SCELG Affiliates Guest-edit Special Issue of the Asian Bioethics Review

April 2019: Claire Lajaunie and Pierre Mazzega, SCELG Affiliates are guest editors of a special issue of the Asian Bioethics Review on the Ethics of Biodiversity Conservation.

As biodiversity is now being lost at an alarming rate, to an extent that some scientists refer to the current period as the 6th (or Anthropocene) Mass Extinction, conservation of biodiversity and ecosystems are highly promoted across many Sustainable Development Goals (SDGs). Concurrently, the link between biodiversity and human health is increasingly recognized – as in SDG 3 on health – underlining the importance of considering health in an integrative manner, taking into account not only human health but also animal and environmental health in a One Health perspective.

Asian Bioethics Review

Several ethical questions arise from biodiversity conservation itself, but also from the interdisciplinary research so crucial to biodiversity conservation, and from the use of research in science and policy dialogues. Some of the ethical questions resulting from the most recent scientific investigations are considered in this special issue, by specialists of various research areas (law, ecology, anthropology, modelling and scenarios, sociology) involved in biodiversity conservation. It reflects tensions between conservation and development choices that are translated into ethical problems by the researchers.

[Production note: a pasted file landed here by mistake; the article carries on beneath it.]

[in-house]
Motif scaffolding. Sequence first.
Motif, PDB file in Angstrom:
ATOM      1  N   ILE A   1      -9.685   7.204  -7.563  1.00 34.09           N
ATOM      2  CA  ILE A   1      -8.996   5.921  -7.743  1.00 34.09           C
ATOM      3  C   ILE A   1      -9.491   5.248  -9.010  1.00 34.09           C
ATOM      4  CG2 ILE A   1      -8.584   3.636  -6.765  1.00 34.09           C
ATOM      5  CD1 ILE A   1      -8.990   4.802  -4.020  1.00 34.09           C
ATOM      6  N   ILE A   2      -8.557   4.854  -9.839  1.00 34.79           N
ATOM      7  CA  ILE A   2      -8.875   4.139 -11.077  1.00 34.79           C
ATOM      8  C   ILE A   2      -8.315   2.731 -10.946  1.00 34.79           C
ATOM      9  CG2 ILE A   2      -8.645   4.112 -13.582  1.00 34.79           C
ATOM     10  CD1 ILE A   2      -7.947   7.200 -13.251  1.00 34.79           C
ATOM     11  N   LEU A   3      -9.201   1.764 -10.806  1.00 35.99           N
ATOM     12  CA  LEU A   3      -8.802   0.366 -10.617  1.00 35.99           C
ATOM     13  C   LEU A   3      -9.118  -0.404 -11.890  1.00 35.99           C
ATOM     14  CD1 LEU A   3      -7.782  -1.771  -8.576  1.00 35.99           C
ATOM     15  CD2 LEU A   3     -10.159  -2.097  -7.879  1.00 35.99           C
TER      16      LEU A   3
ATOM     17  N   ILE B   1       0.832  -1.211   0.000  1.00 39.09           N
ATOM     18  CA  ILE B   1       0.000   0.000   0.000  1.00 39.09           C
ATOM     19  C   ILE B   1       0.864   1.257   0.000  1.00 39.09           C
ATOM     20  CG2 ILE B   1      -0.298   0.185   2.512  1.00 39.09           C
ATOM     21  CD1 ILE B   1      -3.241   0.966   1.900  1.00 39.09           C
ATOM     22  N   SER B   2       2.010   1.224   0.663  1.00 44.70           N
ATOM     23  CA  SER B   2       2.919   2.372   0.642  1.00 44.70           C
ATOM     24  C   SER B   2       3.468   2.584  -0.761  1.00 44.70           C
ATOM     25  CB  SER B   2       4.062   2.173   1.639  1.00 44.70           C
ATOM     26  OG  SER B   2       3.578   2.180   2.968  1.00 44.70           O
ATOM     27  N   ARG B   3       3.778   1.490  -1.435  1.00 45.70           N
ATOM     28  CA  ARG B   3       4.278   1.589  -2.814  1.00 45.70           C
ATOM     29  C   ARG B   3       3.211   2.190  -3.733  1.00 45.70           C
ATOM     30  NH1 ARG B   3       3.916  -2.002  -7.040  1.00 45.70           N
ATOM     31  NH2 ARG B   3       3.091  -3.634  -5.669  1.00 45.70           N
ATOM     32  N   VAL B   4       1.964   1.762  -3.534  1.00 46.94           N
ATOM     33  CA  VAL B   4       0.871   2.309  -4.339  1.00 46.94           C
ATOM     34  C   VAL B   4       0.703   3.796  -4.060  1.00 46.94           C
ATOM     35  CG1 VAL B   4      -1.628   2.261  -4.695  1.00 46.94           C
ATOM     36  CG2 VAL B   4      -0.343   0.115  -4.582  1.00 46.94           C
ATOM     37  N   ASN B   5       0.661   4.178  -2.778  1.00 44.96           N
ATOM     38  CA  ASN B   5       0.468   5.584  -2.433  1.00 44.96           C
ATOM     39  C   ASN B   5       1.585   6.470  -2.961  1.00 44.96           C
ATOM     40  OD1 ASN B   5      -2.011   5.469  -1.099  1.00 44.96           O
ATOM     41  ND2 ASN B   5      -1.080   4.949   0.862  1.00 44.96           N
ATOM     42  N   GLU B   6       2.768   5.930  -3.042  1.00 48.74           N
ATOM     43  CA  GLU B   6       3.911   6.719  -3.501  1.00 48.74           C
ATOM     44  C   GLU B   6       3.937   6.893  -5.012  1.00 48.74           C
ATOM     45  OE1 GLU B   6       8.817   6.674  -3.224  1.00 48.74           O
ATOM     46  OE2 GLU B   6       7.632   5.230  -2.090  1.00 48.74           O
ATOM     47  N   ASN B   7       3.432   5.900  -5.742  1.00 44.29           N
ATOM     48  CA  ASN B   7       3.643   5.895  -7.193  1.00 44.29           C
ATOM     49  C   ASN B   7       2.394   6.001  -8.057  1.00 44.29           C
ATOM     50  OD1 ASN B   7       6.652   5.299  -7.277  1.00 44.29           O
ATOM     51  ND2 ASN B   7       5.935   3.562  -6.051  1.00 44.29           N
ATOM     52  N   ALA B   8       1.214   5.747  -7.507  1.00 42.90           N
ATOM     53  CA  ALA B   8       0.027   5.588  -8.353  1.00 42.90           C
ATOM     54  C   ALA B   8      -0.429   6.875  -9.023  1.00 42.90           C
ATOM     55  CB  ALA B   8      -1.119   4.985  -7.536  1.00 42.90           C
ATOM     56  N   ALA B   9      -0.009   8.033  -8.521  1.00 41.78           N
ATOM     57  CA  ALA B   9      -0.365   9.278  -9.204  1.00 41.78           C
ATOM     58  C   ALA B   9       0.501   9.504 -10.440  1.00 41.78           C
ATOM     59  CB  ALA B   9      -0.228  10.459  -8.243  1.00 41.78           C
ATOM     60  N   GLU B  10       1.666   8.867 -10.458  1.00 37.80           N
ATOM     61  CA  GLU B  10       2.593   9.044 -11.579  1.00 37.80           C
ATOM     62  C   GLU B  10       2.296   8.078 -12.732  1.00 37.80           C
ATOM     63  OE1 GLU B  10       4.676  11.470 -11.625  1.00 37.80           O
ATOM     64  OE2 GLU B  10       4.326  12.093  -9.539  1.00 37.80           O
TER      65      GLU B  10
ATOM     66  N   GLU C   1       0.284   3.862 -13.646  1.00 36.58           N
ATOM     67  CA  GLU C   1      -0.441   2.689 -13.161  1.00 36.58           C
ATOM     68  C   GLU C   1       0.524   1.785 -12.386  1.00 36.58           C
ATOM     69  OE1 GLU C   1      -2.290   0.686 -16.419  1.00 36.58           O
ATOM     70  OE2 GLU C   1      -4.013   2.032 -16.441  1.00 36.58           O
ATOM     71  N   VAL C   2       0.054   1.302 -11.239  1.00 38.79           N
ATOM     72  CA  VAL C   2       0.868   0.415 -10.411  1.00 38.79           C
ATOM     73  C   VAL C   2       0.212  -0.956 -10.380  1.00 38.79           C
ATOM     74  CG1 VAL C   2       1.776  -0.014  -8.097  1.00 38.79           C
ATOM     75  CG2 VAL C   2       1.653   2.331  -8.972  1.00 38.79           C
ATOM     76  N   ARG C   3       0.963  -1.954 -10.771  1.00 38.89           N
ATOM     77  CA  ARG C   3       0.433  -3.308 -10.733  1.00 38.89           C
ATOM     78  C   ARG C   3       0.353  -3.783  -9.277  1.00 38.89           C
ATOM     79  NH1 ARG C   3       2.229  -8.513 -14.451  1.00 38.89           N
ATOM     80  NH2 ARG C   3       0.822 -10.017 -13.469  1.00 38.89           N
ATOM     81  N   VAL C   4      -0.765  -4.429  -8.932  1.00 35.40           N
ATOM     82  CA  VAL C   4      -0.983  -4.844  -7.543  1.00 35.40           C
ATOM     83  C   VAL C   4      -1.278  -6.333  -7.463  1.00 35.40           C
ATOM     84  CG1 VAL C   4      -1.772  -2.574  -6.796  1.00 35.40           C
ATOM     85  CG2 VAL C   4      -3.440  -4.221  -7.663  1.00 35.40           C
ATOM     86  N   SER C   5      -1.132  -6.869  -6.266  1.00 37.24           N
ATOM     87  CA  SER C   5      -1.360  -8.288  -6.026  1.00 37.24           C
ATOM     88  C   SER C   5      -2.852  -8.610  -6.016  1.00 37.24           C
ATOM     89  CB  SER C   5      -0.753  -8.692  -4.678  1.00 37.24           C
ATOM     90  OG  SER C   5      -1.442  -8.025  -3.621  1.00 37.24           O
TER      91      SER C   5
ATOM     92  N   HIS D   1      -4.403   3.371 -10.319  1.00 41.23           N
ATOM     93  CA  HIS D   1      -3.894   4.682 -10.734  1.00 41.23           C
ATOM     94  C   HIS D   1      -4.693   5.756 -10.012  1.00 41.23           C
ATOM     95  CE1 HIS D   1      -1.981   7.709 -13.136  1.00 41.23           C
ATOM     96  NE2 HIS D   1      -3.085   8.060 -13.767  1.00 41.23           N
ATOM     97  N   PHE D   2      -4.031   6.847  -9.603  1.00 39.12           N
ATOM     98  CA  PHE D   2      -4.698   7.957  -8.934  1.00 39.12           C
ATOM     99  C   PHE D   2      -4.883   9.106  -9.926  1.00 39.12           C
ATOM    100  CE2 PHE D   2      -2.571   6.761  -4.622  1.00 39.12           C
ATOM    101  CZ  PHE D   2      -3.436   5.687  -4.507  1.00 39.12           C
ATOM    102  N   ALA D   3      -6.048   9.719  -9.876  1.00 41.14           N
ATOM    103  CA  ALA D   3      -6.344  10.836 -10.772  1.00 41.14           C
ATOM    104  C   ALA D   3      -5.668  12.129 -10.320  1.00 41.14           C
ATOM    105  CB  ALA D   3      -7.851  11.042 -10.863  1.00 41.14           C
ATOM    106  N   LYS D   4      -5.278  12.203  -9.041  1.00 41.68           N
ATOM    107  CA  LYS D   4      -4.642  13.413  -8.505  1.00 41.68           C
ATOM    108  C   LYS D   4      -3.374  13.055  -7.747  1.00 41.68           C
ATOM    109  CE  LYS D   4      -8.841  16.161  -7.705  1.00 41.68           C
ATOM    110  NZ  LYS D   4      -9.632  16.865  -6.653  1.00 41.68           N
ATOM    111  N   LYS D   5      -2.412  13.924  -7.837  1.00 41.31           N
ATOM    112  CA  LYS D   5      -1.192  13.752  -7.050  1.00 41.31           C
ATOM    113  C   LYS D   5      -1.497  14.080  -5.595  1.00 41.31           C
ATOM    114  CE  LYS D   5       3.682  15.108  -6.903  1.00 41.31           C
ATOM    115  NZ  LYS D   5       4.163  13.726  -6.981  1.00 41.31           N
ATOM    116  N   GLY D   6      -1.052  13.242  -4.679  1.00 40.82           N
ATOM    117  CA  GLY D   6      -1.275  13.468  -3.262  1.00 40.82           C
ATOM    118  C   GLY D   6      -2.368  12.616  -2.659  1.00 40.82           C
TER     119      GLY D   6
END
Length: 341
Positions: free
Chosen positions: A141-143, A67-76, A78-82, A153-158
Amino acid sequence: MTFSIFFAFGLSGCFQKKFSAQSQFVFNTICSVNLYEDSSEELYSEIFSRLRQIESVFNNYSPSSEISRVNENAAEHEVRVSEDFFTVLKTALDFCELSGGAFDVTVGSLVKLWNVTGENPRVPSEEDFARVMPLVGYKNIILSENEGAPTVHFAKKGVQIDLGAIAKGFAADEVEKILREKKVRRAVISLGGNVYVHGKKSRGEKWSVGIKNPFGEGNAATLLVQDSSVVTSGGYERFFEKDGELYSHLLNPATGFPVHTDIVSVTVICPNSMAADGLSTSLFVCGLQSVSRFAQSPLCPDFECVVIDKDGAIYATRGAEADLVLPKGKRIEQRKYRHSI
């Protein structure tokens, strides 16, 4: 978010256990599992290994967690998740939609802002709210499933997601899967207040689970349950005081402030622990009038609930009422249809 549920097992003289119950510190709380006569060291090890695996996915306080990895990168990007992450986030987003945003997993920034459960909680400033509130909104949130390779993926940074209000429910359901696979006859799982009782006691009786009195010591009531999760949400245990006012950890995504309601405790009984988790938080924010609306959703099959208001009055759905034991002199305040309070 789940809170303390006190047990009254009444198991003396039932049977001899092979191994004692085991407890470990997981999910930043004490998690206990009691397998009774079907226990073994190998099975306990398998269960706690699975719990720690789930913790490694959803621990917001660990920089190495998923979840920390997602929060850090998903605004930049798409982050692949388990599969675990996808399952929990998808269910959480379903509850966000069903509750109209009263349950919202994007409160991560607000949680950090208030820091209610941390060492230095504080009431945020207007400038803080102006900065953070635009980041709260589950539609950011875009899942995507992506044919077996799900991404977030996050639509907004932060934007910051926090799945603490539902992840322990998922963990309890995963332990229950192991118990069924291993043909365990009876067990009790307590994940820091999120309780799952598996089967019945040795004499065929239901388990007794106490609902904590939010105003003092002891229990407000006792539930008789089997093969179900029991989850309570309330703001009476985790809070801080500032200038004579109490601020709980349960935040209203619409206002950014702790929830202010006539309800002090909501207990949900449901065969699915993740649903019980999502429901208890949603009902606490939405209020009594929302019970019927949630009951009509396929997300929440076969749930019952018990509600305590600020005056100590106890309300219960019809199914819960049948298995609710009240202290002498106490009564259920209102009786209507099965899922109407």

The various articles concern marine protected areas in Brazil, the use of technoscience in biodiversity conservation, operation of rewilding of specific species (elephants), scenarios and models for biodiversity conservation or more generally the integrity and congruence of the ethics of research on biodiversity conservation.

All these specific issues have a link with the academic research conducted at the Strathclyde Centre for Environmental Law & Governance (SCELG) whether it relates to biodiversity, climate change, forests, oceans & fisheries, land & food, water, human rights or environmental justice.

This special issue has shown that it was necessary to:

  • Involve all stakeholders into a reflection about ethics of biodiversity conservation research;
  • Develop an ethical thinking about integrative research and its use for biodiversity conservation;
  • Promote an ethical reflection grounded in practical issues;
  • Consider the specificity of each research context.

The publisher allows you to read all articles completely and online, even if you do not have a subscription by clicking on the title of the article.

Next Steps

SCELG is built on an agenda-setting research cutting across traditional disciplinary boundaries. With this special issue SCELG Afffiliates aim at opening a debate among SCLEG researchers and their partners about an ethical approach of their research.